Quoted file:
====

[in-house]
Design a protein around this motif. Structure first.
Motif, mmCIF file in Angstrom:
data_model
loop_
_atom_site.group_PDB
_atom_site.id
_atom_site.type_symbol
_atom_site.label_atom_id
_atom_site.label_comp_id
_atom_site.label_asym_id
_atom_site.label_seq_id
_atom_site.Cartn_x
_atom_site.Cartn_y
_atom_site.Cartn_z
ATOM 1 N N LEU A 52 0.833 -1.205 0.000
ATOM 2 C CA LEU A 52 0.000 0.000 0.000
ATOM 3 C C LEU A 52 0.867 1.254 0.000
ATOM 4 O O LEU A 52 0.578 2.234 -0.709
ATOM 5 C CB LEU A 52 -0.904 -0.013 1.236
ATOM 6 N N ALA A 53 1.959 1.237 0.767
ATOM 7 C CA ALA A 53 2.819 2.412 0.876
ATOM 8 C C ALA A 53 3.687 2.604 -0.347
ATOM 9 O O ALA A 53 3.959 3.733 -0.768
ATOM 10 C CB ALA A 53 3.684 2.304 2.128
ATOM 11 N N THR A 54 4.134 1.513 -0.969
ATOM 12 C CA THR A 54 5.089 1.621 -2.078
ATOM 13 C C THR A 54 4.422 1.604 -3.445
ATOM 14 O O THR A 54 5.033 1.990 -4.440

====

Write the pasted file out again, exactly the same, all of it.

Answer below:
[in-house]
Design a protein around this motif. Structure first.
Motif, mmCIF file in Angstrom:
data_model
loop_
_atom_site.group_PDB
_atom_site.id
_atom_site.type_symbol
_atom_site.label_atom_id
_atom_site.label_comp_id
_atom_site.label_asym_id
_atom_site.label_seq_id
_atom_site.Cartn_x
_atom_site.Cartn_y
_atom_site.Cartn_z
ATOM 1 N N LEU A 52 0.833 -1.205 0.000
ATOM 2 C CA LEU A 52 0.000 0.000 0.000
ATOM 3 C C LEU A 52 0.867 1.254 0.000
ATOM 4 O O LEU A 52 0.578 2.234 -0.709
ATOM 5 C CB LEU A 52 -0.904 -0.013 1.236
ATOM 6 N N ALA A 53 1.959 1.237 0.767
ATOM 7 C CA ALA A 53 2.819 2.412 0.876
ATOM 8 C C ALA A 53 3.687 2.604 -0.347
ATOM 9 O O ALA A 53 3.959 3.733 -0.768
ATOM 10 C CB ALA A 53 3.684 2.304 2.128
ATOM 11 N N THR A 54 4.134 1.513 -0.969
ATOM 12 C CA THR A 54 5.089 1.621 -2.078
ATOM 13 C C THR A 54 4.422 1.604 -3.445
ATOM 14 O O THR A 54 5.033 1.990 -4.440